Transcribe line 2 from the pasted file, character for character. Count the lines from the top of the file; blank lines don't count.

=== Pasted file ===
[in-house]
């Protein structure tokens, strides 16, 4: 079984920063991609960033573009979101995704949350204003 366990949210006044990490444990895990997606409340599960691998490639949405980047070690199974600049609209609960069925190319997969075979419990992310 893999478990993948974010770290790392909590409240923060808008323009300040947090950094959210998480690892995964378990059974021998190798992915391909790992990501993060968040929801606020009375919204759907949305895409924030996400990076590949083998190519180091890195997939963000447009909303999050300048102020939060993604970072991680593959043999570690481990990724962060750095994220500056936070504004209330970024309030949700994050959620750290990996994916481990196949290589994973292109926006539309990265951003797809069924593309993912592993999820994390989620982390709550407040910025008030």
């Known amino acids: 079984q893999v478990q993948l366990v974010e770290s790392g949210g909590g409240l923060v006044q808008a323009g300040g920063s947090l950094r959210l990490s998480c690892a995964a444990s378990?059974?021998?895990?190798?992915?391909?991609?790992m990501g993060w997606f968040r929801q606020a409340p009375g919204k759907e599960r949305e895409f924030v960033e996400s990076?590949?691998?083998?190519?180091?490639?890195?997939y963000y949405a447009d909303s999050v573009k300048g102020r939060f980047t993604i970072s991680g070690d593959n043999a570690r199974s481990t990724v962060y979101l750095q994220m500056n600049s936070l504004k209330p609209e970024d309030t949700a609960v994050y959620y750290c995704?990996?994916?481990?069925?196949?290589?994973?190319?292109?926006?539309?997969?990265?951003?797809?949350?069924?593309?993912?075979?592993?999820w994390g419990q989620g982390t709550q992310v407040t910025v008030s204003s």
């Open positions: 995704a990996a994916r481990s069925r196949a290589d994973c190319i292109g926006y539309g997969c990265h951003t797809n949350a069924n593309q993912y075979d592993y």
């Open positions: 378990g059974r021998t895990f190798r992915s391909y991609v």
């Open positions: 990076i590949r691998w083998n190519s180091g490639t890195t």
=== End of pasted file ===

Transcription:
């Protein structure tokens, strides 16, 4: 079984920063991609960033573009979101995704949350204003 366990949210006044990490444990895990997606409340599960691998490639949405980047070690199974600049609209609960069925190319997969075979419990992310 893999478990993948974010770290790392909590409240923060808008323009300040947090950094959210998480690892995964378990059974021998190798992915391909790992990501993060968040929801606020009375919204759907949305895409924030996400990076590949083998190519180091890195997939963000447009909303999050300048102020939060993604970072991680593959043999570690481990990724962060750095994220500056936070504004209330970024309030949700994050959620750290990996994916481990196949290589994973292109926006539309990265951003797809069924593309993912592993999820994390989620982390709550407040910025008030």